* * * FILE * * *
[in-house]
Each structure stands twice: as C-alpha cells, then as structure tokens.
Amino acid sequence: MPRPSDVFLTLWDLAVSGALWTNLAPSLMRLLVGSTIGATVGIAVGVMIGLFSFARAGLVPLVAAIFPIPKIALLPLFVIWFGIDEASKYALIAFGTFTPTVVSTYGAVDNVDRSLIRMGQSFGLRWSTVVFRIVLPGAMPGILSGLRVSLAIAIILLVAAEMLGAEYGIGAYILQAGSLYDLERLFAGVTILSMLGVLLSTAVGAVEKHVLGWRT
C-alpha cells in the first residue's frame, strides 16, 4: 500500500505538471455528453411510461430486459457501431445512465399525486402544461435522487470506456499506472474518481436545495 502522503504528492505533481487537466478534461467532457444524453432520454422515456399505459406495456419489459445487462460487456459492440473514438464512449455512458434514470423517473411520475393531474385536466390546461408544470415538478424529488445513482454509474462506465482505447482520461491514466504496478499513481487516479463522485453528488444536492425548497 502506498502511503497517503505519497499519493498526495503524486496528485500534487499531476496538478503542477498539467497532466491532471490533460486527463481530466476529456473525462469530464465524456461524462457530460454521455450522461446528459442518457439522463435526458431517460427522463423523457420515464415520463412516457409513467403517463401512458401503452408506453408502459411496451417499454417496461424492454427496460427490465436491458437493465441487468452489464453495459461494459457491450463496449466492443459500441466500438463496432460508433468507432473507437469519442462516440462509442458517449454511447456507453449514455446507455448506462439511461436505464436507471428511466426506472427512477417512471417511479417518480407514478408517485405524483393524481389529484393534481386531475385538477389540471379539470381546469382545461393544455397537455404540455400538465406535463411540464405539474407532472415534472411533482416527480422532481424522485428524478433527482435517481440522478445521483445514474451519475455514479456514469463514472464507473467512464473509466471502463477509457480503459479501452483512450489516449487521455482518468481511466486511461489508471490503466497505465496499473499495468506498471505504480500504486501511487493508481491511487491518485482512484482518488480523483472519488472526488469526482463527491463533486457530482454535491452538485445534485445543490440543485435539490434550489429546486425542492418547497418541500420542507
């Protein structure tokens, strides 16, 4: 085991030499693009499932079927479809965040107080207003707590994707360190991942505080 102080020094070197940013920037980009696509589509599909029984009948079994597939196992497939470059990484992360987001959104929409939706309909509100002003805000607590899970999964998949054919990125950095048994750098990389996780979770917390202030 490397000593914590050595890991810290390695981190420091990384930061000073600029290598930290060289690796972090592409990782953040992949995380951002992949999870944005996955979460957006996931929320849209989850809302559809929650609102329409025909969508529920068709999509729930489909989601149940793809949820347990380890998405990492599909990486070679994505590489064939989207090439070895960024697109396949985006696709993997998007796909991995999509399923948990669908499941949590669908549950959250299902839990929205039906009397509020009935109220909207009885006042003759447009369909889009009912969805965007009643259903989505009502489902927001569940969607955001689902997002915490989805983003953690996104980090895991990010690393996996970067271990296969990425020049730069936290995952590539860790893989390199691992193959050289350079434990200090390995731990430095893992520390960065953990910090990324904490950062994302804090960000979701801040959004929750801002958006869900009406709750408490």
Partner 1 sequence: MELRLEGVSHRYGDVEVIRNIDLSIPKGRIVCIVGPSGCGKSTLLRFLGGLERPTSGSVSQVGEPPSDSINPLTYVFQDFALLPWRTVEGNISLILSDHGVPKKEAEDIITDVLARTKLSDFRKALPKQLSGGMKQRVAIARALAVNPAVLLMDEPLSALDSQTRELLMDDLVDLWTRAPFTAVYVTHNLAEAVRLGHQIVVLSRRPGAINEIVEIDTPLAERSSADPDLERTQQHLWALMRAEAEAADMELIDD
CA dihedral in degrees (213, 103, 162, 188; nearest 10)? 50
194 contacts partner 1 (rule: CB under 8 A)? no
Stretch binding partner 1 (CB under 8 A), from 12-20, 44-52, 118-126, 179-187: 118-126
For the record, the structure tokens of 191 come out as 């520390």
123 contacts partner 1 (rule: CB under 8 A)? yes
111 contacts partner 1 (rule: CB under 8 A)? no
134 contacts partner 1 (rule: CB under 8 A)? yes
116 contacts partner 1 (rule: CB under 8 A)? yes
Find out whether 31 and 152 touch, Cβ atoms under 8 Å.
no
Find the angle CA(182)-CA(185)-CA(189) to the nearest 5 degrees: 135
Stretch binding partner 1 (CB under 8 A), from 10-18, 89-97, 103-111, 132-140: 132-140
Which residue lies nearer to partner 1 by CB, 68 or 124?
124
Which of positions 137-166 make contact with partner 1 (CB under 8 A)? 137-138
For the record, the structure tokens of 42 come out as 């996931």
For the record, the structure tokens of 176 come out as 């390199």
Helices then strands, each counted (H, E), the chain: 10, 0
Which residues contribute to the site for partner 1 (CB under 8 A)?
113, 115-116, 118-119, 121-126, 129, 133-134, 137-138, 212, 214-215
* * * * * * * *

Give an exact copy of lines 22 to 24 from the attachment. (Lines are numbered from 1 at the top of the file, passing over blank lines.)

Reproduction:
For the record, the structure tokens of 42 come out as 């996931």
For the record, the structure tokens of 176 come out as 């390199």
Helices then strands, each counted (H, E), the chain: 10, 0